happiness is infectious

How do you respond when you are asked to tell someone a little about yourself? You might start with your hometown or your position in the family relative to your siblings, but most people will turn to their careers. I’m a writer. I’m an engineer. I’m a teacher.

For better or for worse, our jobs have come to define a large part of who we are. Why is it, then, that so many people make vocational decisions that lead them to jobs that only make them unhappy? While I fully understand the need to fulfill basic requirements, like food and shelter, I am also an adamant supporter of doing what fulfills you and what makes you happy.

Nearly Half of Your Waking Hours

Consider a conventional 40-hour work week. Let’s assume that you have standard eight-hour shifts and you get the recommended eight hours of sleep each night. What this means is, not even including the commute time or the “mind share” time spent when you’re not at the office, you are at work for half of your waking hours. You may have the weekend, but for most intents and purposes, your job occupies a huge part of your life.

“Nothing is really work unless you would rather be doing something else.” ~ James Matthew Barrie

When you are spending this much time at something, it only makes sense to do what you love. Why would you torture yourself by going to a job that you hate? Yes, as I said above, circumstances may dictate that you take on less desirable jobs to make ends meet, but the end goal should be to do what makes you happy.

The old adage that the money will follow if you do what you love is not at all true. You still have to put in the work. Doing what makes you happy does not mean that you’ll love every moment; it means that the treasured, valued moments make up for the ones that aren’t so nice.

The Risk of Over-Ambition

But here is another pitfall.

In chatting with someone the other day, he told me about a man who may have over-extended himself. He rushed through university by taking on extra courses, plus he had part-time jobs and other responsibilities. He slept barely four hours each night. The hard work “paid off” when he graduated with his law degree and he was hired at a firm where he worked long hours for good pay.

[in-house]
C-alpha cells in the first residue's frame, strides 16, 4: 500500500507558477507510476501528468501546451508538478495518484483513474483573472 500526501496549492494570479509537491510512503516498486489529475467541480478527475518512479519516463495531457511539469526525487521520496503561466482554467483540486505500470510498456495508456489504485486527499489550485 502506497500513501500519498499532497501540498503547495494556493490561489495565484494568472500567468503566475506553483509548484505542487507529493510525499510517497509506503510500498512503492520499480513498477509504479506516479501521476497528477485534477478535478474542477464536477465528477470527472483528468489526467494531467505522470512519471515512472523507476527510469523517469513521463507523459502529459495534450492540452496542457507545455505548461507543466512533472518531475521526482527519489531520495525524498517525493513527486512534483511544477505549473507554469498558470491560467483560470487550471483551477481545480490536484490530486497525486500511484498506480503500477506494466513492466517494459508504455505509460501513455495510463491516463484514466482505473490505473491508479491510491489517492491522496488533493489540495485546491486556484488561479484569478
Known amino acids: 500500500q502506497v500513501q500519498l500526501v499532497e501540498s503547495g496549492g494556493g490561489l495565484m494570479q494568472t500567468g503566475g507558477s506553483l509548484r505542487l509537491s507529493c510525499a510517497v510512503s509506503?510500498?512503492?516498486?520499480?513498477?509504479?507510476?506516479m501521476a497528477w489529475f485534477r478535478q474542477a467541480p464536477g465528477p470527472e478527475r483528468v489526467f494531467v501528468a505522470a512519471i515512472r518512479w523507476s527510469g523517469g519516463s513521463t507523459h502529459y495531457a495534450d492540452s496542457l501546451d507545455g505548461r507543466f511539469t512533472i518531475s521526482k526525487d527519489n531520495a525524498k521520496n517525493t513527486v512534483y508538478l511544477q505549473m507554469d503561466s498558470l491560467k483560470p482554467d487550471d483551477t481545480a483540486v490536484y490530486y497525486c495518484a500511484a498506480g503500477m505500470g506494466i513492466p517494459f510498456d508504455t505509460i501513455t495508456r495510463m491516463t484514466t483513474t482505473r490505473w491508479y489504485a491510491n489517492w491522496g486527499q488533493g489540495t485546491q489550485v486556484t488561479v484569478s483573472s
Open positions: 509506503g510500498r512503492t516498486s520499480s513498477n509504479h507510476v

He got married, took on a mortgage and bought a rental property, really stretching his growing income as far as it could go. The long hours over all those years took their toll and he looked far older than he really was. The law firm fell on hard times, his pay was severely cut, and now he panicking to keep up with his mortgage payments and other expenses.

“Often people attempt to live their lives backwards; they try to have more things, or more money, in order to do more of what they want, so they will be happier. The way it actually works is the reverse. You must first be who you really are, then do what you need to do, in order to have what you want.” ~ Margaret Young

Yes, he may have been what we’d call successful. Yes, he may have been doing what he thought he loved, but he may have taken it too far. There is a risk for over-ambition and over-work. His perseverance and work ethic are to be commended, but you have to wonder if he should have made the difficult decision of sacrificing income in order to lead a richer, more fulfilling life. He has a wife, a home, and (I believe) kids that he rarely ever sees.

What Is Most Important to You?

Life is undeniably hard, but it is also tragically short. It’s not worth wasting your time on things that don’t matter, on things that don’t provide you with something of value. Take care of your basic needs and the needs of your family, to be sure, but don’t forget that your happiness beckons for your attention too.

“Do what makes you happy. Be with who makes you smile. Laugh as much as you breathe and love as long as you live.” ~ Unknown